My body is saying “Whoa!’ as it adapts to an unfamiliar situation. In the past eighteen hours it’s gone from Toronto at 100 meters above sea level to La Paz at 3500. The joke on the plane as we approached El Alto International was that we had to ascend to land safely. El Alto is yet another 600 meters higher than La Paz, which sits in a deep gorge cut into the Altiplano, the high plains of western Bolivia.
I will take it very easy for the first few days as I acclimatize. At least Bolivia is in the same time zone as Toronto so jet lag is not added to the list of adaptations required!
For this visit to Bolivia I’ve gone the organized small group route. A UK trekking company, Mountain Kingdoms, had exactly what I had in mind. My wife Laila is relieved to know that I won’t be on my own and it is plush to have someone handle all the details. The major drawback, other than the increased cost, is that you get to walk in an Anglo bubble through a multicultural society where Spanish, Aymara, and Quechua all have official status. The flag to the left, the Wiphala, acknowledges the indigenous peoples, and was made the second official flag in 2009.
In about a week’s time we’ll start a 120-kilometer trek down the Cordillera Real mountain range to the east of Bolivia’s capital city. I should be feeling better by then!
The map above locates Bolivia – south of the equator and landlocked with Brazil, Peru and Argentina as some of the countries whose borders it touches. Its one million square kilometre size makes it the world’s 26th largest country, and its population of eleven million puts it in the same range as Belgium, Haiti, and Cuba – and a bit less than my home province of Ontario in Canada.
As far as the weather goes, La Paz’s September corresponds roughly to March in the northern hemisphere. The chart below illustrates La Paz’s temperature range and rain for the various months of the year –
The Altiplano has two seasons – one wet and one dry. Tourist high season and prime trekking time corresponds to the middle of their dry season (April-October) thanks to pleasant daytime temperatures, much less rain and clearer skies. It will be colder though, especially overnight in our tents as we make our way south from Nevado Illampu to Huayna Potosi on the trekking trails of the Cordillera Real, another 600 to 1000 meters above La Paz’s 3500 meter altitude. It looks like we may have snow from September 13 onwards – the two-week forecast below is for down in La Paz!
Two-thirds of the country is either a part of Amazonia or the lowlands – but the Bolivia I’ll be visiting is the rather small northern piece of the Altiplano close to the border with Peru at Lake Titicaca. The red circles on the maps above and below give a rough idea of the limits of my travels. There is obviously much more to Bolivia than my twenty-four day visit will allow me to get to. If nothing else, I expect this visit will give me every reason for a return.
Still, I do get to spend four or five days in de facto Bolivia’s capital, officially known as La Ciudad de Nuestra Señora de La Paz. My hotel, the Hotel Rosario, is right around the corner from El Mercado de Hechiceria (the Witches’ Market) and a short walk from the Iglesia de San Francisco and the political heart of the city at Plaza Murillo. Tomorrow I hope to take a ride on the city’s new aerial cable car transit system Mi Teleférico. It should make for some incredible views and photo ops!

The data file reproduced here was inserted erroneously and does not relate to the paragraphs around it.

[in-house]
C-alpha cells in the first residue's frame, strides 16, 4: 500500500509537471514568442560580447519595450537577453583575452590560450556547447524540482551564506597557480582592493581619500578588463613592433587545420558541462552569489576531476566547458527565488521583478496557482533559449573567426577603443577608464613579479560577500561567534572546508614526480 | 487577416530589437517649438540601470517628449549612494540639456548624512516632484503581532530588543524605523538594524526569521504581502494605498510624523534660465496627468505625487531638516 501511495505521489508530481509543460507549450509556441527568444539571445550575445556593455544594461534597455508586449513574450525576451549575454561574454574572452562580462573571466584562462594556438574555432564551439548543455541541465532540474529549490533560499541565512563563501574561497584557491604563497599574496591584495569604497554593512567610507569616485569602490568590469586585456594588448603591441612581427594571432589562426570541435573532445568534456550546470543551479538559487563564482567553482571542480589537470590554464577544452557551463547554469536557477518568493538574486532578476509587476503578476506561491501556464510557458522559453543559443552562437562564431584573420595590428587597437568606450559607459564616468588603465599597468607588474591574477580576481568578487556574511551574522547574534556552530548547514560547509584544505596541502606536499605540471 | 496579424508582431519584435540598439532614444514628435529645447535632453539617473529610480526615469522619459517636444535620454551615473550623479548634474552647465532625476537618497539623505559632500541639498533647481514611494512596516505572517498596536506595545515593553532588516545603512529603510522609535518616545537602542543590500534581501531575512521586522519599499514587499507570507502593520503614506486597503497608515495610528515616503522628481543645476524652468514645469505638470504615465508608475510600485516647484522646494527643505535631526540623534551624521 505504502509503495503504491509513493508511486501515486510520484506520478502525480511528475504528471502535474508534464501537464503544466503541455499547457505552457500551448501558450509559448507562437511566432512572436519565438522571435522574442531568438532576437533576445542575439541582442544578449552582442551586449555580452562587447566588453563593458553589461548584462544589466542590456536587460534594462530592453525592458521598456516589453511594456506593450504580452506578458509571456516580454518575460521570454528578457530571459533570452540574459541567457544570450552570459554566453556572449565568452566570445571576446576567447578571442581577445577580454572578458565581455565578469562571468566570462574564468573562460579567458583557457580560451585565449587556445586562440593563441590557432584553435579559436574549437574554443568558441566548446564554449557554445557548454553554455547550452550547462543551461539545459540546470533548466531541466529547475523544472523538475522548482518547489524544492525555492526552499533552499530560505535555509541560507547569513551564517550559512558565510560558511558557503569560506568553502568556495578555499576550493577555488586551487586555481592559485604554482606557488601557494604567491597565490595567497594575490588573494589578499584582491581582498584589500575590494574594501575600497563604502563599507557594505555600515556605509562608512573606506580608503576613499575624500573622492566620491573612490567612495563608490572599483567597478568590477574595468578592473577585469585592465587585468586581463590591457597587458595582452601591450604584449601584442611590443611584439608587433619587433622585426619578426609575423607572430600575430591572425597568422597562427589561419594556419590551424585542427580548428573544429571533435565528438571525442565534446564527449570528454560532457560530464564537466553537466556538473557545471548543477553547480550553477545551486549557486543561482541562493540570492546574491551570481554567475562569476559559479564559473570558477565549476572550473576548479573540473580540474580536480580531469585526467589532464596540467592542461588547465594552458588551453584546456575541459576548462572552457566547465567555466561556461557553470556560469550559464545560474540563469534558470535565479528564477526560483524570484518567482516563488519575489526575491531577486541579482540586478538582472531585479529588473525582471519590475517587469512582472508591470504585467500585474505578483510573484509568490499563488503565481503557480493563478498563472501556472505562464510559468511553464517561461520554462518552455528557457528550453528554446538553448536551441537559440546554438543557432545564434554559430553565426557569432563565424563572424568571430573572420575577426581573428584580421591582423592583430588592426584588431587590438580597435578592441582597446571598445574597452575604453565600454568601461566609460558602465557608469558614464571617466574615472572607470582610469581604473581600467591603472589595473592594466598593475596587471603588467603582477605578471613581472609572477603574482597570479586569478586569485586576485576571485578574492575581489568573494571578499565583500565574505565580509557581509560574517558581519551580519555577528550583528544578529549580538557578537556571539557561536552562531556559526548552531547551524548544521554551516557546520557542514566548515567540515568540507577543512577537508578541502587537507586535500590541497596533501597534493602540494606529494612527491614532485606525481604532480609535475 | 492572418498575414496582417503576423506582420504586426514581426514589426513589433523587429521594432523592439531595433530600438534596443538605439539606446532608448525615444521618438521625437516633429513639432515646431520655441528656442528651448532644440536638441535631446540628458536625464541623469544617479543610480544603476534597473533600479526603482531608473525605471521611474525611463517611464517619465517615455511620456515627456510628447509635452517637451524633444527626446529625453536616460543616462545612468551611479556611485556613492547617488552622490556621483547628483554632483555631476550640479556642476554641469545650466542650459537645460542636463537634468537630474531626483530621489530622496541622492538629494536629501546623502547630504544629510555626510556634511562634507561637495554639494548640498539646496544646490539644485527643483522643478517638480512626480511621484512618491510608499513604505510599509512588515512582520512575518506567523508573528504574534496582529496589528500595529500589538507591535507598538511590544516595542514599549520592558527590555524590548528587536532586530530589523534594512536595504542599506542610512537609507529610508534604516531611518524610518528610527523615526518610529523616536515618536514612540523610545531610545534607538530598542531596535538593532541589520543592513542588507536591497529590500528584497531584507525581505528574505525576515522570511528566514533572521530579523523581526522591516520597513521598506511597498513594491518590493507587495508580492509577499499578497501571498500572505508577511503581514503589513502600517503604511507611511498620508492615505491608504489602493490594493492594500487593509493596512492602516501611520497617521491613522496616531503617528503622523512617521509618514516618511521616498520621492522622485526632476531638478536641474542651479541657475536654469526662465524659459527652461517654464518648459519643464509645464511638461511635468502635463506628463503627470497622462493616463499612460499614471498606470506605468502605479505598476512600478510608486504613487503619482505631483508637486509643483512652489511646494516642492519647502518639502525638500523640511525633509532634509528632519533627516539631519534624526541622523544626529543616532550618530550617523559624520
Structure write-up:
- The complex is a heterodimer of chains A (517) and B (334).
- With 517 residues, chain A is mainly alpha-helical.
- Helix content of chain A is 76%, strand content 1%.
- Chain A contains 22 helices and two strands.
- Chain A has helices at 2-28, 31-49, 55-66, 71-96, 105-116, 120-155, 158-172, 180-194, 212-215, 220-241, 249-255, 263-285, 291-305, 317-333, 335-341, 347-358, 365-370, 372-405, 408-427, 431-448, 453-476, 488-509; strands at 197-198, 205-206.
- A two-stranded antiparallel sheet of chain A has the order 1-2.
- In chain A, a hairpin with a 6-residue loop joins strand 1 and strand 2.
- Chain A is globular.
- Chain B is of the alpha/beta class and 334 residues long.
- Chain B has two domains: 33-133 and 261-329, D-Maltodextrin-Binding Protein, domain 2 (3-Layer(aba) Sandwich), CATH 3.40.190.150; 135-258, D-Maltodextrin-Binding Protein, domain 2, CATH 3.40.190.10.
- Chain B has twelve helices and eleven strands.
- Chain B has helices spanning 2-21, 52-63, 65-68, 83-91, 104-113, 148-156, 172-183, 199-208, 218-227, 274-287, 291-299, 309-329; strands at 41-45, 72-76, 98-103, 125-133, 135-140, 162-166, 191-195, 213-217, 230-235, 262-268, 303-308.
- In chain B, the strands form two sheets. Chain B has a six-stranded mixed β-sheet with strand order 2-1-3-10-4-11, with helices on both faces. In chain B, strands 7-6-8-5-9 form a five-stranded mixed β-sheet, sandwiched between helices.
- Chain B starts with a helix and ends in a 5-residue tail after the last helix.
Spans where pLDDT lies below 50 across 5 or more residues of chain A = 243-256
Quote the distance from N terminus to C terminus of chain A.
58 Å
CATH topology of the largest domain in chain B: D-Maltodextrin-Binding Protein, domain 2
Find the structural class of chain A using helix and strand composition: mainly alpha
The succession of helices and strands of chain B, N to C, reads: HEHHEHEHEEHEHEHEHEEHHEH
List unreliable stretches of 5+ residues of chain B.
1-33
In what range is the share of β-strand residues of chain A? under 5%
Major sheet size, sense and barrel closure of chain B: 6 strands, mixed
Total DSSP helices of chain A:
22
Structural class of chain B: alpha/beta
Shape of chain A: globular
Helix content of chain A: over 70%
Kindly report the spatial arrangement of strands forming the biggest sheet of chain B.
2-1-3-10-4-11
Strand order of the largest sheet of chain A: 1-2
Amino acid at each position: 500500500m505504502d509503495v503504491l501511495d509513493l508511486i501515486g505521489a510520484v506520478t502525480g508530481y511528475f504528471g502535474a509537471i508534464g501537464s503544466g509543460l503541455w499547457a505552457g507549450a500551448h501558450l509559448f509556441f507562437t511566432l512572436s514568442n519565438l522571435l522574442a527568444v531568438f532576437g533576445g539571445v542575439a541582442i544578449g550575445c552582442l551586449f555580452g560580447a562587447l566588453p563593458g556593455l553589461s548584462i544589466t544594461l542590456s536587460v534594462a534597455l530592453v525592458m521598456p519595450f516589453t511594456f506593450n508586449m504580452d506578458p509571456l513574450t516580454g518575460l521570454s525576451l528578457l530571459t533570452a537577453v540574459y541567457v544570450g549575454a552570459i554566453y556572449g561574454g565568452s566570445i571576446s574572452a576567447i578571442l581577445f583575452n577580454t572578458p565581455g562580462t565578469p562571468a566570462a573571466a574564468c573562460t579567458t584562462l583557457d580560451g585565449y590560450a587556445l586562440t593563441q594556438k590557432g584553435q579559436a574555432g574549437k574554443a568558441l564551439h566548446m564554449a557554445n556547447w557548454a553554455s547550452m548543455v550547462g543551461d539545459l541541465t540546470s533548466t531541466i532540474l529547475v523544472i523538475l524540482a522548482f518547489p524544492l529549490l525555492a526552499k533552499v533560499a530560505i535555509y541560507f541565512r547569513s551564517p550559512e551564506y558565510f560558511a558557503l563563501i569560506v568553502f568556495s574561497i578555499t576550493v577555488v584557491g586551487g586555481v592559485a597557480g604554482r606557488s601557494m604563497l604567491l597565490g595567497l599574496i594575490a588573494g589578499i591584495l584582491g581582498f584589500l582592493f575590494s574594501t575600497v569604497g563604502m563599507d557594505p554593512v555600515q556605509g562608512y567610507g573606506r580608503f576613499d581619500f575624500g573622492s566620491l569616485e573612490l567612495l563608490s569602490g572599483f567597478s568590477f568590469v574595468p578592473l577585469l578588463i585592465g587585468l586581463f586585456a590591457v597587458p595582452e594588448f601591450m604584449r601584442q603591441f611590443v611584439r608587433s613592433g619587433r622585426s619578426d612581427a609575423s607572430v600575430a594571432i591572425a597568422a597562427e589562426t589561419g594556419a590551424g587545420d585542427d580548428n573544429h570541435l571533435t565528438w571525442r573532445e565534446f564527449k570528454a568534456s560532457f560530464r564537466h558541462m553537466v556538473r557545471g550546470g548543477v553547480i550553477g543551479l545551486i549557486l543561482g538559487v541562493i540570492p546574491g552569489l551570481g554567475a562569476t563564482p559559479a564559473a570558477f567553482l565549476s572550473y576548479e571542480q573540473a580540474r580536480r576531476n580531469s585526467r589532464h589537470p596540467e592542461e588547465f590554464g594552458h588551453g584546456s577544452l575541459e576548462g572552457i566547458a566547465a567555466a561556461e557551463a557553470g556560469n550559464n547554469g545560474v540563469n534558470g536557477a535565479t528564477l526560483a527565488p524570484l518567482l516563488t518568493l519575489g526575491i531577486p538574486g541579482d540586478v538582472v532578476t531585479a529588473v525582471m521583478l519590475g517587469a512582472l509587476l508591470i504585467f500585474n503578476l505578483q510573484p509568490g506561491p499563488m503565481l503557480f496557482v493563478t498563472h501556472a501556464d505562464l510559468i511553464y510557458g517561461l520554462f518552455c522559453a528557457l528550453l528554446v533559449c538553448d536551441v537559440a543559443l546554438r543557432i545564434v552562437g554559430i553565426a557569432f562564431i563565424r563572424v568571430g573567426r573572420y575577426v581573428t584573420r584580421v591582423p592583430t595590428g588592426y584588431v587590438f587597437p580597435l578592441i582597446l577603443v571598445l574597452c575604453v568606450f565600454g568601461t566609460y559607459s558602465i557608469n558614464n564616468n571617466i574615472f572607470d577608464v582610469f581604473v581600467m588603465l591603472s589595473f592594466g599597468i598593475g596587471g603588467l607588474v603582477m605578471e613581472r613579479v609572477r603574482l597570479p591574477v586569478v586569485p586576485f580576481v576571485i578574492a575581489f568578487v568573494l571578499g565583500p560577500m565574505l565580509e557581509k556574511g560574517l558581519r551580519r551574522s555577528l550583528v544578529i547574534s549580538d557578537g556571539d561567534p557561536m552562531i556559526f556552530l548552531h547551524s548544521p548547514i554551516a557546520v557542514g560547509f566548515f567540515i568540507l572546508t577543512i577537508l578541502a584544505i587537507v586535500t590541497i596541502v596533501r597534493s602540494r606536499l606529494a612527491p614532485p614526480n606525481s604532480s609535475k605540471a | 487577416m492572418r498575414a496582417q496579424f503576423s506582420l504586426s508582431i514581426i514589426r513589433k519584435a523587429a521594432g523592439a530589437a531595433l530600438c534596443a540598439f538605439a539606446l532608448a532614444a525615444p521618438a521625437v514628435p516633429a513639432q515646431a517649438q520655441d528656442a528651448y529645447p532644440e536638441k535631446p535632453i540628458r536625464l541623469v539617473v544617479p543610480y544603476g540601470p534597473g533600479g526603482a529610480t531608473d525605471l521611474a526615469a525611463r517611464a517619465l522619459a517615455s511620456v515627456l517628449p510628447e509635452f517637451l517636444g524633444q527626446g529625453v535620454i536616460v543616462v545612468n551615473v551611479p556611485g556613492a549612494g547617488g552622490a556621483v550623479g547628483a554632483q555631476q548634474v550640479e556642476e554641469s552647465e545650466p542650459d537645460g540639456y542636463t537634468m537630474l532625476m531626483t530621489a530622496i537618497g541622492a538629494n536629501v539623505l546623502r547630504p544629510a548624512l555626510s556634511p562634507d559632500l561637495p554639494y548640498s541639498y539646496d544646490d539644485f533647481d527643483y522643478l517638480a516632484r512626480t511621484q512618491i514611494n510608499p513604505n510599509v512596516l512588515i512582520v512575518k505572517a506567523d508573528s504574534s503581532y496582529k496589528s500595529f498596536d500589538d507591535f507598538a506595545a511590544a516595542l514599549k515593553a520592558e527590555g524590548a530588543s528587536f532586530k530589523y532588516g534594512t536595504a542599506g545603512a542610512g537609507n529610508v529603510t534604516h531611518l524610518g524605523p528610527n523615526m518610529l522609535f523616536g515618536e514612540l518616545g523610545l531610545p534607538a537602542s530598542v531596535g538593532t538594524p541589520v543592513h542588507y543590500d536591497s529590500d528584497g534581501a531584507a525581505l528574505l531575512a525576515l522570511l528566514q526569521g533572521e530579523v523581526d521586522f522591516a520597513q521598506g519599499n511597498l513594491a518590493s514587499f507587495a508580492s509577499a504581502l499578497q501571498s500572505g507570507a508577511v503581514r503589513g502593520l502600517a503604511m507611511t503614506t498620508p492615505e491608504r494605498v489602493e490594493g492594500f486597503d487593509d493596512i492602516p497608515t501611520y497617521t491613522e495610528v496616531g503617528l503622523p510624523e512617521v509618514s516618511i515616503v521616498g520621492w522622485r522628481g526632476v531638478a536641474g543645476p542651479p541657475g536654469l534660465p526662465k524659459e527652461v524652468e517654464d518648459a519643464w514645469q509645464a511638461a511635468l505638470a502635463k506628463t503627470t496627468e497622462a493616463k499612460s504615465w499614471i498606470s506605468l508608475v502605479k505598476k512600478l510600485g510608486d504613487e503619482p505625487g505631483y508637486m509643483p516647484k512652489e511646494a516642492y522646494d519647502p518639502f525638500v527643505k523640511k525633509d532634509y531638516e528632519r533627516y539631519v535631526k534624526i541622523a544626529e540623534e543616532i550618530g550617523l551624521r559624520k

More acclimatization time – four days – will be spent in Copacabana and on the Isla del Sol in Lago Titicaca. I’m looking forward to the walk along the Incan pilgrim’s trail from one end of the island to the other to see Titikala, the Sacred Rock, a powerful mythological focal point of the Incan world. We have also got a day slotted in to see what is left of the pre-Incan ritual centre of Tiwanaku, one of the Americas’ great pre-European-contact centers of civilization. It was significant enough for the awed Incas to incorporate – or maybe that should read appropriate? – it into their mythic world view.
But the main focus of the trip are the two weeks I get to spend on the upper flanks of the Cordillera Real, the Royal Range to the Spanish. The satellite image above captures the terrain from Lago Titicaca and Isla del Sol over to the mountain range on the east side of the Altiplano that has dazzled travellers through the centuries.
The new mostly west side route we’ll be taking down the Cordillera avoids the worst of the mining activity and the roads which have spoiled a long section of the classic Trans-Cordillera traverse via the east side. In the Khumbu region of Nepal it was the yaks who carried our gear and supplies. On this trek, just like on my Peruvian Andes mountain trips, donkeys will be doing the hard work while we walk with day packs and camera gear. Pretty plush I’d say!
My Spot Connect gps tracking device will be coming along for the walk. It’s been on canoe trips over the past few years to reassure everyone back home; I also took it to Cuba a few winters ago for my bike tour of the southern part of the island. I still remember hiding the thing as I approached the military checkpoints at the entrance of a number of Cuban towns – my fear overriding the fact that they probably would not have known what it was anyway! This time I won’t have to worry about having a forbidden device.
When I get back in late September I hope to have my memory cards filled with image files and short mp4 videos that I can shape into a series of posts on what is going to be a most excellent Bolivian adventure. In the meanwhile, it is time to get out into the streets and try my limited castellano on the Paceños. I really should have spent more time in August on my Spanish language practice!
Hasta luego, amigos!